That doesn’t mean you don’t interview people with different points of view, different beliefs, different ideas. Of course you do. You interview lots and lots and lots of people, and look at lots of different kinds of evidence. But a journalist’s job—and I do think of myself as a kind of journalist—is to try and ferret out what really happened; to ferret out the truth. Did these soldiers, these “seven bad apples,” create all of this stuff? One of the things that we learn in the movie is that when they arrive at Abu Ghraib, a lot of this stuff is already in place: the stress positions, the cement bags, the hooding, stripping prisoners naked, sleep deprivation. It was there to begin with. It was there when they walked in. I think that is a very, very important detail. People know very little about this place: what happened there, where these policies came from, whether they were in fact policies, what they were hoping to achieve.

MM: Parts of Standard Operating Procedure show outrage and disgust toward a heavily politicized situation. Where do you draw the line between agitprop and what you are trying to do with this film?

EM: Agitprop as I conceive it is not particularly concerned with the truth at all. It’s merely concerned with advancing an agenda of one kind or another, right or wrong. To me, journalism is an attempt to recover reality. We take in evidence, and on the basis of what we learn, what we read, what we see, we try to figure out what is out there. It may sound horribly grandiloquent and pretentious and pompous, but the issue is what is out there—what is true, what is false, what really happened. That is different than agitprop. The desire to uncover the world, to find out what is true and false—well, propaganda does not have that agenda in any way, shape, or form.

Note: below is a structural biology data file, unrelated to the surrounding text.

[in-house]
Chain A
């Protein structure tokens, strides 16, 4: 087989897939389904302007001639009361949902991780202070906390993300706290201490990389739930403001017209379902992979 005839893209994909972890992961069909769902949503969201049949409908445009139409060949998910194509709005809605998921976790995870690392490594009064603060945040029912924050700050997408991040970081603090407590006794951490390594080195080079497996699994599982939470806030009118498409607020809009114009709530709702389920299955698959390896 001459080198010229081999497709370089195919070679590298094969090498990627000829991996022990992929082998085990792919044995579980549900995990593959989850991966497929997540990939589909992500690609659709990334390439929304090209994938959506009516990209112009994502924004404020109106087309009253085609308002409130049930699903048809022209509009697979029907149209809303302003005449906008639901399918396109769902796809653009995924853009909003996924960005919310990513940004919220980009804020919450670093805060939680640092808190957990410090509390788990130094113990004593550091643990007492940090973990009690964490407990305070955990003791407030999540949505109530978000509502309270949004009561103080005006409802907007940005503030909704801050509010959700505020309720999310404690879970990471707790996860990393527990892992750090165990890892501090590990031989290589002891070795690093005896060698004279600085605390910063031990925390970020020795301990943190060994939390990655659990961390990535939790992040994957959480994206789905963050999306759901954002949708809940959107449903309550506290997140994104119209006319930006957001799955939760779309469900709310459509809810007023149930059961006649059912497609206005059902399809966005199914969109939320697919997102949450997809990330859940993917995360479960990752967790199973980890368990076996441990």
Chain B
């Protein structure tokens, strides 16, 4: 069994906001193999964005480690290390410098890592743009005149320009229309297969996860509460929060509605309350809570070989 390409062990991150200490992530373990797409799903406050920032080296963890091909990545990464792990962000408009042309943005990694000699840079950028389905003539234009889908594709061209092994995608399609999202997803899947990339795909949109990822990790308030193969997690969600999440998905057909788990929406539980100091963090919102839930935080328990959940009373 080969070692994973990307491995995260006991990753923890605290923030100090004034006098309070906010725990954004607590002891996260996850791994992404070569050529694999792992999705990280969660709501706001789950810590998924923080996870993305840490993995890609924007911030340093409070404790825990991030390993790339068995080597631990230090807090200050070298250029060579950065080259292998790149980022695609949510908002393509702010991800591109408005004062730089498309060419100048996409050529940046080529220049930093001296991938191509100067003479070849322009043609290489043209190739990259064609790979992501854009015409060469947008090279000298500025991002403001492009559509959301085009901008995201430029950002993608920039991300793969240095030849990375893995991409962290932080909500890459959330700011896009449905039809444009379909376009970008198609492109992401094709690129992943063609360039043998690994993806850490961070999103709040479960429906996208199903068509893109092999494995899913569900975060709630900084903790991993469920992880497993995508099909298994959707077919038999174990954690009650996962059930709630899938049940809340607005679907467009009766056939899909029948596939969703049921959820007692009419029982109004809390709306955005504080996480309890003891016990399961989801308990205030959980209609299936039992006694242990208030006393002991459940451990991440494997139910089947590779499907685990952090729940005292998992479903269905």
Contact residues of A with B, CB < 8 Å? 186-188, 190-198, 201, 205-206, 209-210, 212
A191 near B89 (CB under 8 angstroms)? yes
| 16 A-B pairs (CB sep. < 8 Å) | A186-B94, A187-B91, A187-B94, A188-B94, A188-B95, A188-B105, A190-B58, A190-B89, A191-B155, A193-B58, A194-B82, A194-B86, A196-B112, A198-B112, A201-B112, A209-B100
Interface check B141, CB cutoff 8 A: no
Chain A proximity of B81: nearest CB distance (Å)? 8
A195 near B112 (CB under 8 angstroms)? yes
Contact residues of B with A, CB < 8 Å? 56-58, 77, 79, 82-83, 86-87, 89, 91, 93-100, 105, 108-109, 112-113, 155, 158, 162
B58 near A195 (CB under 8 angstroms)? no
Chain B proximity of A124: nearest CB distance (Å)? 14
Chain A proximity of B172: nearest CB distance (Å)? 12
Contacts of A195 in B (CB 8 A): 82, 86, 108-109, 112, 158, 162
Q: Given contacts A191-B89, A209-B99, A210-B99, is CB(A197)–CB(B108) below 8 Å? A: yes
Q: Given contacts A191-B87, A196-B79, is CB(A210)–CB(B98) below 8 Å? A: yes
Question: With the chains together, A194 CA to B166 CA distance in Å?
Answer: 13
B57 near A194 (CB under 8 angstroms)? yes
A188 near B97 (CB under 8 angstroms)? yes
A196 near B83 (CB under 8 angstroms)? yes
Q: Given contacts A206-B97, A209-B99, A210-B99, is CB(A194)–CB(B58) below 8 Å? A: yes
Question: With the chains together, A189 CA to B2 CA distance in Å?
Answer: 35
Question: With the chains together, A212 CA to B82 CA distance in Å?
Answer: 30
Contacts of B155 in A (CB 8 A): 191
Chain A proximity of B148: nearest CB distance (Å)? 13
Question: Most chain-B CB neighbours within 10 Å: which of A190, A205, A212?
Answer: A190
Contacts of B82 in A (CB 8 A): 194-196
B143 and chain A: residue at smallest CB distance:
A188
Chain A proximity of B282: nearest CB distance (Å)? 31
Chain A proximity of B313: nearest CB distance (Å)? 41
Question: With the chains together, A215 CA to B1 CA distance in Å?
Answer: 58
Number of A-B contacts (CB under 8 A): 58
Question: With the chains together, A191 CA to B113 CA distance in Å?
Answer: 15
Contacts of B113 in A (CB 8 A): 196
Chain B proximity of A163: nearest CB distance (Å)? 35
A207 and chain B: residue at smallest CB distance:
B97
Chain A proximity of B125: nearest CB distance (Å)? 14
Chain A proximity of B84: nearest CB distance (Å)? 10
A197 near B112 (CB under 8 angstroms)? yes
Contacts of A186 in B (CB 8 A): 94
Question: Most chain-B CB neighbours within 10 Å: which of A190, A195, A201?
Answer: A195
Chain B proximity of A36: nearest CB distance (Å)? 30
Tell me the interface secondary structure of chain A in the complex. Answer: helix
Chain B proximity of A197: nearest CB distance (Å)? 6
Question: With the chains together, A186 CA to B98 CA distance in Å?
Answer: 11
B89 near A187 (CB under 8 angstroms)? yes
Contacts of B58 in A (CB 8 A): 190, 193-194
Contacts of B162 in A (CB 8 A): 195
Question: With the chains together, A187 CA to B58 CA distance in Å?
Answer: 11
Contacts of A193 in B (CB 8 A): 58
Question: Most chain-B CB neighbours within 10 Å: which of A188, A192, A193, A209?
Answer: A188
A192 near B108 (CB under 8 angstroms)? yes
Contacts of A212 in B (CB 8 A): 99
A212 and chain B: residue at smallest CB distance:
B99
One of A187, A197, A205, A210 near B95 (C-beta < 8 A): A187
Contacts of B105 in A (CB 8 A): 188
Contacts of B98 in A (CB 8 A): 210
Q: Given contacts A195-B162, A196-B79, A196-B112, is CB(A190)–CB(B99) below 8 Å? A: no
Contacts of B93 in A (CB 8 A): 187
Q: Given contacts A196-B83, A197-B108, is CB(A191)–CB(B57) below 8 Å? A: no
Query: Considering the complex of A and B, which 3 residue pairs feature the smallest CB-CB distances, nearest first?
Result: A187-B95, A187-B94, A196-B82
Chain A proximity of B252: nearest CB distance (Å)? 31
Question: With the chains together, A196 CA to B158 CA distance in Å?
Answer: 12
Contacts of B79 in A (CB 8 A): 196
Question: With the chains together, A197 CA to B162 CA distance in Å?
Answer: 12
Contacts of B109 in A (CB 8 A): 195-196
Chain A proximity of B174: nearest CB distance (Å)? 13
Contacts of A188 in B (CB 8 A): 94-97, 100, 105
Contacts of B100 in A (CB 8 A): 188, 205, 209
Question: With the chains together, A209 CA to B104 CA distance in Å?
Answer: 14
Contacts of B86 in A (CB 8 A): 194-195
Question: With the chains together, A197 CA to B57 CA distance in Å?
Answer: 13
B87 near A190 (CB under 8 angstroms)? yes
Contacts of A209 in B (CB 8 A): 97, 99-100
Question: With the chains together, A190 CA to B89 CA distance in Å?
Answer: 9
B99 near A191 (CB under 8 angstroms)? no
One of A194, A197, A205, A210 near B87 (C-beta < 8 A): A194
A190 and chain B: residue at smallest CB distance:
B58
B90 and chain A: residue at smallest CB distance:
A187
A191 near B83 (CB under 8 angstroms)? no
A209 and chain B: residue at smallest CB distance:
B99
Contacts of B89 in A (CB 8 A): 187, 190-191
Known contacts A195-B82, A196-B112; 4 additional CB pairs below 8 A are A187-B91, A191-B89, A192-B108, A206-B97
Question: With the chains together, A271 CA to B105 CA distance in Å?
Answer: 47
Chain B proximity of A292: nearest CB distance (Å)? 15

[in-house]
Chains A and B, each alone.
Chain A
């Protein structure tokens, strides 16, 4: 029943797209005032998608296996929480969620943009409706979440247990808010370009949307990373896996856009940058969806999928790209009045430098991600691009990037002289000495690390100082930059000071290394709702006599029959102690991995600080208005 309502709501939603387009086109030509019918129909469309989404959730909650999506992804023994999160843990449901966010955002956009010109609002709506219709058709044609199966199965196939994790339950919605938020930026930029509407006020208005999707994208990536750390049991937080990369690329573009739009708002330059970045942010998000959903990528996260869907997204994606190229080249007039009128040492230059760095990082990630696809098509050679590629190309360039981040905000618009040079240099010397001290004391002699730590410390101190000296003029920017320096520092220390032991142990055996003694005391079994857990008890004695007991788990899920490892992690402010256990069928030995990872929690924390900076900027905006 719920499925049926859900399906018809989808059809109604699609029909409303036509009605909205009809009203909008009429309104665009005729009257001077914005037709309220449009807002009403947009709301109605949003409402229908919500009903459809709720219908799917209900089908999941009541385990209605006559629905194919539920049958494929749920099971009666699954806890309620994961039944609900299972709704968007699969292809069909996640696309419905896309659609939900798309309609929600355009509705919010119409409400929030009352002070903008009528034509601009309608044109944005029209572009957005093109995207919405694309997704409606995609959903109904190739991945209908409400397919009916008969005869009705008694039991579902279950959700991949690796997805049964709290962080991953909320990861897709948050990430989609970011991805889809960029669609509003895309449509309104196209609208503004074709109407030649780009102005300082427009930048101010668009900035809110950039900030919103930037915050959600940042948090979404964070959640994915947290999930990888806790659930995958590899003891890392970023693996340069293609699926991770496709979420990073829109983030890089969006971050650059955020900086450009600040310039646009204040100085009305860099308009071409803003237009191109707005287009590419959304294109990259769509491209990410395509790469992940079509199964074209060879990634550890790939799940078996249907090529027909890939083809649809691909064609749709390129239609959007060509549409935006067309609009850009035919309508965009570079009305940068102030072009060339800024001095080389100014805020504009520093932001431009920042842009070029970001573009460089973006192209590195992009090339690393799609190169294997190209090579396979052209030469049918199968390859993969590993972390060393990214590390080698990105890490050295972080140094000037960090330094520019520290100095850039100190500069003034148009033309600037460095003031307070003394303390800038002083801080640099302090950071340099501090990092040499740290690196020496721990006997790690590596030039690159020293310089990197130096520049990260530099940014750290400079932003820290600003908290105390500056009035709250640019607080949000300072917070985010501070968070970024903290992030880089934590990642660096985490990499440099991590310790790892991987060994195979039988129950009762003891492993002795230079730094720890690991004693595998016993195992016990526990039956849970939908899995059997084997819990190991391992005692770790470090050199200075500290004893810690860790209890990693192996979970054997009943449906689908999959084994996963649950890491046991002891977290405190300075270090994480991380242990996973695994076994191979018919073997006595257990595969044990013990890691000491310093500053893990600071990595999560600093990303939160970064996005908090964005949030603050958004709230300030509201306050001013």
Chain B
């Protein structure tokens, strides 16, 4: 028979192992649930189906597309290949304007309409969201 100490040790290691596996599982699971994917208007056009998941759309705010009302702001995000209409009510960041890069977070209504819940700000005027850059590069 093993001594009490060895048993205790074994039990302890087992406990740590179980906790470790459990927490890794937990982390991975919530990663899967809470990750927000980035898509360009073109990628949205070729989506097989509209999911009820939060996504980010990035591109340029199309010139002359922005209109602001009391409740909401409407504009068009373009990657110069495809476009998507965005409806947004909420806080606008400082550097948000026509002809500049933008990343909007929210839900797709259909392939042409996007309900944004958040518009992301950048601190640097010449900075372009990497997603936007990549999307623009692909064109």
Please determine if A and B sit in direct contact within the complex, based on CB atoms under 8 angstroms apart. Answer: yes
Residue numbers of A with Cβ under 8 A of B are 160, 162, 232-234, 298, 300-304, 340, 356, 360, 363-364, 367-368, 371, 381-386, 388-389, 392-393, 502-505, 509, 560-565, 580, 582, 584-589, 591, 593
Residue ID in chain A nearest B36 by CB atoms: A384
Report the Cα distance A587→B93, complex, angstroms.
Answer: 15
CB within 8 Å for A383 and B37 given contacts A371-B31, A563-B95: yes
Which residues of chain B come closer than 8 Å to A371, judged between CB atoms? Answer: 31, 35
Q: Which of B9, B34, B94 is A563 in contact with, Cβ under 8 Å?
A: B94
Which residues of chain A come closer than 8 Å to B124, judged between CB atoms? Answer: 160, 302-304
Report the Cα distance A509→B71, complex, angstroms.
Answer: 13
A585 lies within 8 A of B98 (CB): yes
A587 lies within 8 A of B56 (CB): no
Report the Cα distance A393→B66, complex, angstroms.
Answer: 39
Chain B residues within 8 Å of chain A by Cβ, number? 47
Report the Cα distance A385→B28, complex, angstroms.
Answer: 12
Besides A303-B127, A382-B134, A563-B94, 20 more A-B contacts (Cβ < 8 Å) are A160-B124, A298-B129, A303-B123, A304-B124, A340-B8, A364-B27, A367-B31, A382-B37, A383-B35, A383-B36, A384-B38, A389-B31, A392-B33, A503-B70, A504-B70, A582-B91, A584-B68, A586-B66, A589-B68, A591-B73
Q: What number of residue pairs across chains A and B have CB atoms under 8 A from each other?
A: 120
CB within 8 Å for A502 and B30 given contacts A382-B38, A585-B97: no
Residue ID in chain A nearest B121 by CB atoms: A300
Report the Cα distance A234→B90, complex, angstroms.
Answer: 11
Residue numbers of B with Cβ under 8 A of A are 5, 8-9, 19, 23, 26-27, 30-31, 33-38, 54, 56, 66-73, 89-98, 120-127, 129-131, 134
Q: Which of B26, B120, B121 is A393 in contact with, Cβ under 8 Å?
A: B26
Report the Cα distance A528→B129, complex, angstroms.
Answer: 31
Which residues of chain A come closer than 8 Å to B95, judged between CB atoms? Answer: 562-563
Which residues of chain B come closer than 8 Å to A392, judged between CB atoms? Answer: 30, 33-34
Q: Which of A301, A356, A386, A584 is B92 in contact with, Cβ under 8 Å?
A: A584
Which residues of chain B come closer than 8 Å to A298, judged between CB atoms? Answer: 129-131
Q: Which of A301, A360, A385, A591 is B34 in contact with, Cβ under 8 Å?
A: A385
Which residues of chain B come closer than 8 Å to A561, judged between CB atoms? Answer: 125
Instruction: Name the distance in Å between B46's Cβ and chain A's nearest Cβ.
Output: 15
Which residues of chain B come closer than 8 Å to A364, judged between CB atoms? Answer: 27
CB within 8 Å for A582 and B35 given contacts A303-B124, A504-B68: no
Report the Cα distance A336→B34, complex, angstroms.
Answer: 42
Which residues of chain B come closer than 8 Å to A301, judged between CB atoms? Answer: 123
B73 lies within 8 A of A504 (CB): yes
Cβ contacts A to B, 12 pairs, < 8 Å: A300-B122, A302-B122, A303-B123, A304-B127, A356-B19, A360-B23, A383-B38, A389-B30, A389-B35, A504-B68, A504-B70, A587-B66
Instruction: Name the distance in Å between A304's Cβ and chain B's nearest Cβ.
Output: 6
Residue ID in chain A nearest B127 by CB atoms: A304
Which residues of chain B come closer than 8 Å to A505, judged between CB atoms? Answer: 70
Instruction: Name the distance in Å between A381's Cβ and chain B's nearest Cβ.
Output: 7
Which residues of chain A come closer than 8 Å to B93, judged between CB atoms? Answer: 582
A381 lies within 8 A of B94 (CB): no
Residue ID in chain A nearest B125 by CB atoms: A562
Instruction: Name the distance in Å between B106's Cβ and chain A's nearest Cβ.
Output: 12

MM:Do you think that making an argument in a documentary is at cross-purposes with presenting the truth?

EM: I keep going back to The Thin Blue Line. I go back to it because I’m proud of it, certainly, but I go back to it because it’s simple. People’s intuitions are pretty clear, you know? Somebody comes up to you and says, “I’m a postmodernist; I don’t care about truth; it’s subjective.” My answer is, “So it doesn’t matter who pulled the trigger? It doesn’t matter whether someone committed murder, or whether someone in jail is innocent or not?” I believe that it does matter. What happens in the world matters a great deal. Why did they destroy the Zubaydah tapes? You know, John Yoo can write a thousand memos redefining torture. He can say, “I’m going to define torture in such a way that nothing’s really torture, so everything is okay.” But then people are going to look at the [Zubaydah] tape, and they’re going to say, “Why are you torturing that guy?” Now, maybe the tape’s going to deceive people. Maybe something is going on, and you need to know more about the tape, blah, blah, blah. But they destroyed it because they were afraid people were going to look at it and say, “Why are you torturing him?”

MM: So again, are you confident that journalism can recover reality in this way?

EM: Our vision is incomplete in every respect. We try to find out about the world by collecting evidence, by thinking about things, by looking at things. You use every means at your disposal. We owe a debt of gratitude to those [soldiers at Abu Ghraib] for taking those photographs. In some odd way, they are journalists. They have provided us with evidence, and a picture—literally a picture—of things that we would otherwise not have. We all live in a kind of web of lies, in a world of fantasy. And that’s the role of evidence. It can sometimes shock us out of that world of fantasy and suggest that maybe you have to reconsider what you believe to be true.


Michael Meyer is a CJR staff writer.